Definition 1: Given a graph \(G = (V, E)\), a distance-coloring with \(k\) colors is a mapping \(\varphi: V \to \{1, \ldots, k\}\) such that for all pairs of distinct vertices \(u, v\) it holds that \[ \varphi(u) = \varphi(v) = c \implies \textrm{dist}_G(u, v) > c. \]

That is, if two different vertices receive the same color, \(c\), then they need to be further than \(c\) apart.

Note that the standard notion of graph coloring can be rephrased as

Definition 2: Given a graph \(G = (V, E)\), a coloring with \(k\) colors is a mapping \(\varphi: V \to \{1, \ldots, k\}\) such that for all pairs of distinct vertices \(u, v\) it holds that \[ \varphi(u) = \varphi(v) = c \implies \textrm{dist}_G(u, v) > 1. \]

So just change a \(1\) for a \(c\); distance-colorings are a very natural generalization! The concept of chromatic numbers can naturally be extended to distance-colorings: for a graph \(G\) we define \(\chi_d(G)\) as the minimum number of colors such that \(G\) admits a distance-coloring with said colors.

For example, let’s consider a distance-coloring for the infinite path \(\mathbb{Z}^1.\)

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Figure 3: A depiction of (1312)* as a distance-coloring for \(\mathbb{Z}^1\), proving that \(\chi_d(\mathbb{Z}^1) \leq 3.\)

It only uses 3 colors and can be repeated periodically! Vertices receiving color 1 are at distance at least 2 from each other, vertices receiving color 3 are at distance at least 4 from each other, and so are vertices receiving color 2. The definition is respected. The reader can also check that colors 1 and 2 alone are not enough!

For a more interesting example, we will consider sub-graphs of the infinite square grid, that is, a graph where vertices are cells from an infinite grid, and two orthogonally adjacent cells have an edge between them. The following image shows how \(D_3\) (the “diamond” of radius 3) admits a distance-coloring with 7 colors.

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Figure 4: A proof for \(\chi_d(D_3) \leq 7.\)

Now, by changing the center color to 6, we can produce a more efficient solution, only using 6 colors, as displayed next.

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Figure 5: A proof for \(\chi_d(D_3) \leq 6.\)

So now let’s go back to the Facebook post. The question is basically whether the infinite square grid can be distance-colored with a finite number of different colors, and if so, how many are required.

I started working on that during that first week of January 2020. I scribbled and doodled over many pages of a squared-grid-paper notebook, futilely trying to color it. I started sharing the problem with different friends, and before I knew it, I was obsessed with it.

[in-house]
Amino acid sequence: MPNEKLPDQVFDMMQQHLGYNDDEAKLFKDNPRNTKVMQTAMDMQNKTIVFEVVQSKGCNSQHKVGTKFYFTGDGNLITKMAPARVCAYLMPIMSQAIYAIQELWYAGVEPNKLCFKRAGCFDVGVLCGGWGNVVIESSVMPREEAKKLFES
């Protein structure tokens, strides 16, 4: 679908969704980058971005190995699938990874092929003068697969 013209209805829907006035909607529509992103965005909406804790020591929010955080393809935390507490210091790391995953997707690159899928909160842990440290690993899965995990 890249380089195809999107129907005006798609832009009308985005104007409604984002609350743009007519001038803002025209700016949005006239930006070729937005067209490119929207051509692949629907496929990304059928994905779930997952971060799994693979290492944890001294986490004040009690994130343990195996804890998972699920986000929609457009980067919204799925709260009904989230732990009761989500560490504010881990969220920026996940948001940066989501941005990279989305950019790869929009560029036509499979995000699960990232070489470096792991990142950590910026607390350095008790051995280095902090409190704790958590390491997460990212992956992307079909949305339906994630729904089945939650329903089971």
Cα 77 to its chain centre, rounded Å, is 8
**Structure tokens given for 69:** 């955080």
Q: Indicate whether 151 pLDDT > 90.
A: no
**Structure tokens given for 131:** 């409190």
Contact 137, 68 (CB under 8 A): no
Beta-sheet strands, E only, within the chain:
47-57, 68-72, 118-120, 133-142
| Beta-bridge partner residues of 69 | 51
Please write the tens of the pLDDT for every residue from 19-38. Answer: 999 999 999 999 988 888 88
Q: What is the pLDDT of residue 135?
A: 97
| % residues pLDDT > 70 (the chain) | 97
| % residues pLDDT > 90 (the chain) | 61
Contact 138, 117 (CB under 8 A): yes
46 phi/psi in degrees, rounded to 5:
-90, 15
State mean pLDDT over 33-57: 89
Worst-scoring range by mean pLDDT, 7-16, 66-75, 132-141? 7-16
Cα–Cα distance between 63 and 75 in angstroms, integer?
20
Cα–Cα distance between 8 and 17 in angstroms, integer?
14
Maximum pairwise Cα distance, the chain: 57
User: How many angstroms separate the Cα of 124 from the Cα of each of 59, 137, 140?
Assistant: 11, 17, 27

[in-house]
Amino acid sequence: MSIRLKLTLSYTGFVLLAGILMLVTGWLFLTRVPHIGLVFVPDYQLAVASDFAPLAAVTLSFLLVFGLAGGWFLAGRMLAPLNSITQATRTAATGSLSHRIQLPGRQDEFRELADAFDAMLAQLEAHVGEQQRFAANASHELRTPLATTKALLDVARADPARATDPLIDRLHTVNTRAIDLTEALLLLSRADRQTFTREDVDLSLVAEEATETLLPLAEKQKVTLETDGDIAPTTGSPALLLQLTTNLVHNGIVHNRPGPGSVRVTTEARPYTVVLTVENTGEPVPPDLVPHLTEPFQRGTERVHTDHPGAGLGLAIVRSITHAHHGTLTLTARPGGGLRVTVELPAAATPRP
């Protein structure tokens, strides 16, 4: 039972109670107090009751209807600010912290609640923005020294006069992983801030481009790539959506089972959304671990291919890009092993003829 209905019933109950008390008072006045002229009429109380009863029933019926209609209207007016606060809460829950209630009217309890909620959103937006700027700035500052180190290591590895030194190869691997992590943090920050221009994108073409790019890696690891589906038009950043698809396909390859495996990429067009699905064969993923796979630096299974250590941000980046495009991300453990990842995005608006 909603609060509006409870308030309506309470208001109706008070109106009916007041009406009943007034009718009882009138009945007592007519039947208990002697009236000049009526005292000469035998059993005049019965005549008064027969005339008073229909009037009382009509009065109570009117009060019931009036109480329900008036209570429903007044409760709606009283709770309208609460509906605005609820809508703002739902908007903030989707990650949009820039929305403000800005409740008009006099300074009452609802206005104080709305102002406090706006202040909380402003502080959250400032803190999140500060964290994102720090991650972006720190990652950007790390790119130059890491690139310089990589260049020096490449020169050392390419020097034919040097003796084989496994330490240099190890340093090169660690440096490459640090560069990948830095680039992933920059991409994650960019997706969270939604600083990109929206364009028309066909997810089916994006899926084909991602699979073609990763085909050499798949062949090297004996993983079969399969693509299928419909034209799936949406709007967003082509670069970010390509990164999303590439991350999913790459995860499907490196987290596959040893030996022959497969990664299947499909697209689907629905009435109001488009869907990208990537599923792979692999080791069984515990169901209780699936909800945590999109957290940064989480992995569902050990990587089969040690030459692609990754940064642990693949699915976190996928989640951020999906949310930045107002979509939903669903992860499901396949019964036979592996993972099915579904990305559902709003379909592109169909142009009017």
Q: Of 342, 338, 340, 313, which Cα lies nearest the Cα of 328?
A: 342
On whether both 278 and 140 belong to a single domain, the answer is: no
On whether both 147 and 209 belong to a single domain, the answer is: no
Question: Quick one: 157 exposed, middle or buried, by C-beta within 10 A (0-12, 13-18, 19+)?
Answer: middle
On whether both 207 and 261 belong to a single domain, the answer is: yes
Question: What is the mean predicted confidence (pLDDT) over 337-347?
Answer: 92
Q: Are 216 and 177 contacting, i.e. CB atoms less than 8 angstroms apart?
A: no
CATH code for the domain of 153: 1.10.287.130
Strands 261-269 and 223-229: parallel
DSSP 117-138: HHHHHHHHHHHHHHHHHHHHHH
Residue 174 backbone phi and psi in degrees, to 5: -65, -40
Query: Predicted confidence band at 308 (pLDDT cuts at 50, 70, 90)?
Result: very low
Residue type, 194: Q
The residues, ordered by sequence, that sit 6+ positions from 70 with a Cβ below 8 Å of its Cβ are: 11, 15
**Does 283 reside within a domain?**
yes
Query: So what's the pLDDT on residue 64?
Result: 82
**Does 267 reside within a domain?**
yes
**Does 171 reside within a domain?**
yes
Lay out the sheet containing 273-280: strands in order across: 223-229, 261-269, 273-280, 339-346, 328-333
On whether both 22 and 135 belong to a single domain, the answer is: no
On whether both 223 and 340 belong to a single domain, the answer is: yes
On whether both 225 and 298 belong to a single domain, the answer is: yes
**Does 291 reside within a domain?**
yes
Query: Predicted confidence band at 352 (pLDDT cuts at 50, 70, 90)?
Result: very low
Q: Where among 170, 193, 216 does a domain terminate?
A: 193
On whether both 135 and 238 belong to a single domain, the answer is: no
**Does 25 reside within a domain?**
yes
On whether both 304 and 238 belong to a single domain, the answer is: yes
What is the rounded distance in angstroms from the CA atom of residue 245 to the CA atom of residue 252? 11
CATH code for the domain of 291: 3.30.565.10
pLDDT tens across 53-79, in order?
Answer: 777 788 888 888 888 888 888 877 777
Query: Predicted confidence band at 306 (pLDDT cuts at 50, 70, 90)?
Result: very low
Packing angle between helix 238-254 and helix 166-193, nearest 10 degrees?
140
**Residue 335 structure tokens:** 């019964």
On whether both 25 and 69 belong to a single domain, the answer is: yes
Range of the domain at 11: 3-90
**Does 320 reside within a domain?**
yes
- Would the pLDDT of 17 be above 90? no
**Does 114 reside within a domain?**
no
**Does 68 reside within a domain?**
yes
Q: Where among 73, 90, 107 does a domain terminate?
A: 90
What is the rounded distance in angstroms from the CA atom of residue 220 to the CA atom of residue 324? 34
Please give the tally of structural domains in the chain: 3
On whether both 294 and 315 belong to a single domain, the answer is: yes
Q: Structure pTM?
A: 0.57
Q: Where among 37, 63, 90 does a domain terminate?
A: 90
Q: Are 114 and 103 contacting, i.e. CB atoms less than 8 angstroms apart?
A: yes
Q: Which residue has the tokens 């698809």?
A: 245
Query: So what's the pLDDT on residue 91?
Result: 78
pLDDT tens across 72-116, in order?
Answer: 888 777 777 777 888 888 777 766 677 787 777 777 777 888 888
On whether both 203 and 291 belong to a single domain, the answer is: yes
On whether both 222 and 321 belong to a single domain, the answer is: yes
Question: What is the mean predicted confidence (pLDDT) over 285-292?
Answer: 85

The main idea I was playing around with was that of “densities”, where you study what proportion of the graph will receive a certain color \(c\). For example, in Figure 5 the density of color \(1\) is \(\frac{16}{25}\), while in Figure 3 it’s fair to say that density of color \(1\) is \(\frac{1}{2}\).

First, let me show how densities can be useful to prove things. First, let us prove that 2 colors are not enough to color the infinite path \(\mathbb{Z}^1\). Indeed, color \(1\) cannot cover more than half the vertices, and \(2\) cannot cover more than a third. So their maximum density together is \(\frac{5}{6} < 1\), and thus they cannot color \(\mathbb{Z}^1\). This, together with Figure 3, proves that \(\chi_d(\mathbb{Z}^1) = 3\).

Now let us consider a more interesting example. Let \(\mathbb{Z}^2_\infty\) be the graph whose vertex set is \(\mathbb{Z}^2\), and that has edges not only between orthogonally adjacent vertices, but also diagonally adjacent pairs. Formally, for \(u, v \in \mathbb{Z}^2\), they are connected if \(\vert u - v \vert_\infty = 1\).

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Figure 6: A local view of \( \mathbb{Z}^2_\infty \).

Now, if we consider the subgraph induced by any \((k+1) \times (k+1)\) subgrid of \(\mathbb{Z}^2_\infty\), we can only distance-color a single vertex \(v\) with color \(k\), as the other vertices of the subgraph are at distance at most \(k\) from \(v\). This means that color \(k\) has density at most \(\frac{1}{(k+1)^2}\). Therefore, even if we were to use colors \(1, \ldots, \infty\), the total fraction of the graph we could color would be at most:

\[\sum_{k=1}^\infty \frac{1}{(k+1)^2} = \left( \sum_{k=1}^\infty \frac{1}{k^2} \right) - 1 = \frac{\pi^2}{6} - 1\approx 0.644... < 1.\]

This means \(\mathbb{Z}^2_\infty\) does not admit a distance-coloring with a finite number of colors. It even uses the cute Basel problem result for the infinite sum, how cool!

I discovered this that January, and of course the natural next step was to try to use the same strategy for the standard infinite grid \(\mathbb{Z}^2\) as the original Facebook post inquired. The problem is… this doesn’t work! If one considers a \((k+1) \times (k+1)\) subgrid of \(\mathbb{Z}^2\), it is possible to distance-color \(5\) different vertices with color \(k\) (1 in the center and 4 in the corners), so one ends up with a sum that is greater than \(1\), meaning it does not discard a finite coloring (note that if an infinite sum converges above 1, that means a finite prefix of it is enough to get past 1). So I started thinking that maybe for \(\mathbb{Z}^2\) there was a solution with finite colors. The problem was… I couldn’t find one!